Many jurisdictions have enacted consumer protection statutes that were intended, at least originally, to protect consumers against sharp business practices. However, today some would posit these enactments have been turned on their heads, and now are used more as a sword than a shield by attorneys seeking to maximize fees rather than vindicate consumer rights. Often, a representative consumer acts as nothing more than a stalking horse for counsel pursuing a claim that by itself would appear to be of no worthwhile concern either because it is based on a de minimus infraction or mere customer dissatisfaction. Nevertheless, such allegations are the makings of statewide or nationwide class actions. Whatever one’s view concerning the propriety of such suits, because of relatively easy state court procedural hurdles to achieveclass certification, these lawsuits have teeth and are of concern to all businesses that sell or market merchandise to the general public. Such lawsuits raise two separate basic concerns for the practitioner representing a commercial entity: (1) how to advise a commercial entity to avoid such suits, and (2) how to best respond to the action if suit is filed. This article will address these two basic questions.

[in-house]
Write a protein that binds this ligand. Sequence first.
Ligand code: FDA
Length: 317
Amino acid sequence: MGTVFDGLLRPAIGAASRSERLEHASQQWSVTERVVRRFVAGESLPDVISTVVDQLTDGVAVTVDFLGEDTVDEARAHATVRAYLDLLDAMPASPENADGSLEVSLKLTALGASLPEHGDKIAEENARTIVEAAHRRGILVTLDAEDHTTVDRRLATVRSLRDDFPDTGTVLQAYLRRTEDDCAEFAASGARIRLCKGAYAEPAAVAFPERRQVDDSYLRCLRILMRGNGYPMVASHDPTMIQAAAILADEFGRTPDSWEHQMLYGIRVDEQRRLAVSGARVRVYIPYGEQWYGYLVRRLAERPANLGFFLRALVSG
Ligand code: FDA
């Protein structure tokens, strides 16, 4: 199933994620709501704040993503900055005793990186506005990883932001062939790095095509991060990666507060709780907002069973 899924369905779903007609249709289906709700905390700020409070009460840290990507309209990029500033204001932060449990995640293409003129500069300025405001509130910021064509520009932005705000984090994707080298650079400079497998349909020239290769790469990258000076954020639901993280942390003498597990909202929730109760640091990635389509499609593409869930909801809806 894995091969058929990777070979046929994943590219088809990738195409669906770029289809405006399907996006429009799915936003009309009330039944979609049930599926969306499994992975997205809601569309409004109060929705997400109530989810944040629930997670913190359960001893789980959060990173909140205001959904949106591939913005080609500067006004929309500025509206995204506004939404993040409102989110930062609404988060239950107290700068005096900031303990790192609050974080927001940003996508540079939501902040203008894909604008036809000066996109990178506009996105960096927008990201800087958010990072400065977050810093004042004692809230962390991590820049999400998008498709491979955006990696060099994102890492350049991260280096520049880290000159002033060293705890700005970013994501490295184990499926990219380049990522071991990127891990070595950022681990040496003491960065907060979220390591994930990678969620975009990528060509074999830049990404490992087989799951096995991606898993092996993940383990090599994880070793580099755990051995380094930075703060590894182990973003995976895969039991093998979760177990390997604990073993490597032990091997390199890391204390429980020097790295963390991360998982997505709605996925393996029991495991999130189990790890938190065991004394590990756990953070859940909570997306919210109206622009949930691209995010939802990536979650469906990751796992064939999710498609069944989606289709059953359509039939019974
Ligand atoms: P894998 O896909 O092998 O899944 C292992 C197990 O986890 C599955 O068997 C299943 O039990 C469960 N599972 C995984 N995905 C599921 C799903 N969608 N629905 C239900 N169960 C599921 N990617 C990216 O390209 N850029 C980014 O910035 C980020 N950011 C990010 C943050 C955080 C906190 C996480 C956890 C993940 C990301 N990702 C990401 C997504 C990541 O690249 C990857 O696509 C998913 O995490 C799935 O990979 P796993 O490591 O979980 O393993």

Clients that sell or market merchandise of any kind should be encouraged to familiarize themselves with the consumer protection statute(s) that govern the particular jurisdiction in which they do business and ensure compliance where appropriate. Often, even where a business complies with applicable state administrative codes and regulations, the consumer protection statute may place additional obligations upon a commercial entity with respect to selling or marketing goods to the general public. A commercial client who is unfamiliar with the applicable statutory requirements is in danger of running afoul of the statute, thereby inviting claims. Indeed, courts in certain states have held that even a de minimus violation of a consumer protection statute can form the basis for a consumer fraud action. In other contexts, such as a franchisor/franchisee relationship, some companies have sought to include exculpatory waivers in their agreements. However, exculpatory waivers are often held invalid, especially where they seek to take away statutory rights conferred upon the general public by a remedial statute, such as those statutes designed to protect against consumer fraud. Such waivers are often struck down as void against public policy – after all, a consumer protection statute cannot accomplish its remedial goals if it can simply be avoided by agreement. A practitioner advising a commercial client in this context must be familiar with the law regarding exculpatory waivers in the applicable jurisdiction to determine whether such a waiver is enforceable. Still, another option outside of an outright waiver is to relegate a consumer’s statutory claim to arbitration, by way of contractual arbitration clause. Generally speaking, agreementsto arbitrate do not violate public policy. On the contrary, public policy favors arbitration. The language of the arbitration clause must clearly mandate the waiver of a jury trial concerning any and all claims, including those that are statutory in nature, in favor of submitting any controversy to arbitration. In such instances, plaintiff’s statutory claims survive, but they will be resolved in an arbitration forum, rather than a court of law. Arbitration clauses are desirable because submitting a dispute to an arbitrator rather than a jury generally allows for a more predictable outcome and a smaller chance of a large damage award. A final option is to seek redress in the state legislature. In jurisdictions that have particularly consumer friendly statutes that might be subject to abuse, lobbying efforts to change the law are always a viable option. Indeed, in New Jersey for example, a bill was introduced in the state legislature (Assembly Bill No. A-3333) in October 2010 that seeks to significantly amend the New Jersey Consumer Fraud Act (“NJCFA”). See www.njleg.state.nj.us/bills/BillView.asp. This measure, if passed, will cap the amount of prevailing parties attorney’s fees available, make treble damages a iscretionary rather than a mandatory remedy, and further limit the applicability of the NJCFA to transactions otherwise permitted or regulated by any other state regulatory body. If passed, this amendment would significantly curtail consumer fraud suits, including class actions. Thus, petitioning the legislature for a change to the law is also an effective preventative measure.